The roads on the  Laos side are not as complete and progress is slower. We wait at one point for a giant roller to compact dirt before we drive over it. The bumpy road twists through low green hills and the sun drops adding an orange tinge. We pass small villages of wooden huts where kids chase after chickens in scenes very different from those we saw on the other side of the border. There is a sign for a golden triangle checkpoint which tourists were discouraged from visiting eighteen years ago. 

At 7pm we arrive in Luang Namtha, only 2 hours late and we’re dropped at our hostel. Our rucksacks are passed through the bus window.

The hostel recommend a place to eat and although we are both tired and ill, we have to toast our return to a country we loved so much.

 


7.1.17 JingHong

The suncream is required today! I fetch Boazi from round the corner, pork again but also shitake mushroom. On the way back I shake hands with a toddler whose tentative steps are halted when he sees me. He stares at me and holds out his hand, his dad motions for me to shake it which I do and he seems more confused than happy. We have noticed people staring at us here more than other places we’ve been to in China.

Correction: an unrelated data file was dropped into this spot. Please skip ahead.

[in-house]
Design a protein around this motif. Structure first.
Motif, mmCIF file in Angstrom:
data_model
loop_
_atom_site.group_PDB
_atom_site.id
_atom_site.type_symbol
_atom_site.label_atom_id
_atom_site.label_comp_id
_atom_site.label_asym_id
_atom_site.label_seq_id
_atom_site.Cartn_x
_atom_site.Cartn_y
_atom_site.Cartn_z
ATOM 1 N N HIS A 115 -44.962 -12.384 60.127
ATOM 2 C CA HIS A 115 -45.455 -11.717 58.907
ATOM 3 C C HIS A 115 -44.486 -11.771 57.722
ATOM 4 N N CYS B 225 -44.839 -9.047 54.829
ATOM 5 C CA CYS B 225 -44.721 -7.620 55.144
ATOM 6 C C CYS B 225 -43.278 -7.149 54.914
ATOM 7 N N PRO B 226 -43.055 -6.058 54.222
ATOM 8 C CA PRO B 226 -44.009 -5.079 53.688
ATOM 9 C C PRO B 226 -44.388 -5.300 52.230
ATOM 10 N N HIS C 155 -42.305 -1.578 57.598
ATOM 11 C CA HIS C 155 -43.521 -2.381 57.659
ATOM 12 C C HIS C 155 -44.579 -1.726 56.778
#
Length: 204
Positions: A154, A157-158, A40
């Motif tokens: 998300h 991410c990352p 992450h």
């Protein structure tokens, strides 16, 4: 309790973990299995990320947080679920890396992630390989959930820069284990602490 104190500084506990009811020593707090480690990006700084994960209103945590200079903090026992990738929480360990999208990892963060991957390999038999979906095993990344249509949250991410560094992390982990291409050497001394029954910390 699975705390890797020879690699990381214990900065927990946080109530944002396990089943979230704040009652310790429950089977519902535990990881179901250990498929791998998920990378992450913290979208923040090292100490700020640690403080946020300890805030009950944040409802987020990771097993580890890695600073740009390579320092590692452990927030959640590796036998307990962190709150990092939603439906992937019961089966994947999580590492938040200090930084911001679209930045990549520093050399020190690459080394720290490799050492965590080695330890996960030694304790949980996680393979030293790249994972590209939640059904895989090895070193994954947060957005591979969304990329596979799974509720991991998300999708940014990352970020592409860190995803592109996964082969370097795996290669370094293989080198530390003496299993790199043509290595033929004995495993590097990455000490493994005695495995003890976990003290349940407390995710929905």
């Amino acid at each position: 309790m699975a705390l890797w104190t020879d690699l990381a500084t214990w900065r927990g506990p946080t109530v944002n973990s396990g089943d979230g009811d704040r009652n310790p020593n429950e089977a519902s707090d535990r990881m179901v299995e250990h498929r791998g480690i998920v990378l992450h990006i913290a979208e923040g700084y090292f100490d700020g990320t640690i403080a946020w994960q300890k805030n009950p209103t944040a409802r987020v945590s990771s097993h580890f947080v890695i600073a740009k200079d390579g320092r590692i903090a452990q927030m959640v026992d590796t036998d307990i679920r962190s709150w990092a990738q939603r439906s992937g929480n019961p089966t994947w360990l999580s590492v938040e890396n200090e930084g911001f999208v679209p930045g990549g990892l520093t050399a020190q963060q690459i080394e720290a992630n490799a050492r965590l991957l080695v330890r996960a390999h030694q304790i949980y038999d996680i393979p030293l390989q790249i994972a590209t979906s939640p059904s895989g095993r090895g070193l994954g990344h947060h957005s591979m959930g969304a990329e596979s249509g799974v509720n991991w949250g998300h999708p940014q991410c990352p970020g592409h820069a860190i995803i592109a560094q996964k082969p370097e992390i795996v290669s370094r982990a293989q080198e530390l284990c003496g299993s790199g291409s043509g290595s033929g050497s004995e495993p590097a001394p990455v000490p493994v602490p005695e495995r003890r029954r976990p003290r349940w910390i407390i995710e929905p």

We sit outside the room in the sunshine and after finishing breakfast, catch up with emails and news.

Tomorrow, we finally aim to leave for Laos so we go to the southern bus station and buy tickets. The sun is out and we are heading to Laos. There is a very happy team Roberts.

We walk to a Buddhist temple which seems very Thai in its architecture. Theravada rather tha Mahayana Buddhism ? Our knowledge of South East Asian design is limited so you’ll have to bear with me but it definitely looks right framed by palm trees and under a blue sky.

We wander through some back street housing areas and see the recycling truck taking away Alison’s empties from last night.

Al needs a siesta, so for lunch I indulge in a fast food Chinese chicken outlet which I have not researched yet. My conclusion was efficient staff, probably not free range chicken but tasty.

After a bit of yoga and TaiChi its time for a cold one on the terrace. You all know the drill. The temperature fades as the sun falls and you think,  its well past the yardarm and a cold refreshing drink would be perfect now. It is.

Its Saturday night in JingHong and the sociable locals are out in there hoardes. Many restaurants have huge areas of tables where large groups gather, sharing a hotpot and a few beers. We haven’t seen this elsewhere in China, but maybe the warm weather allowing street side dining means its more noticeable here.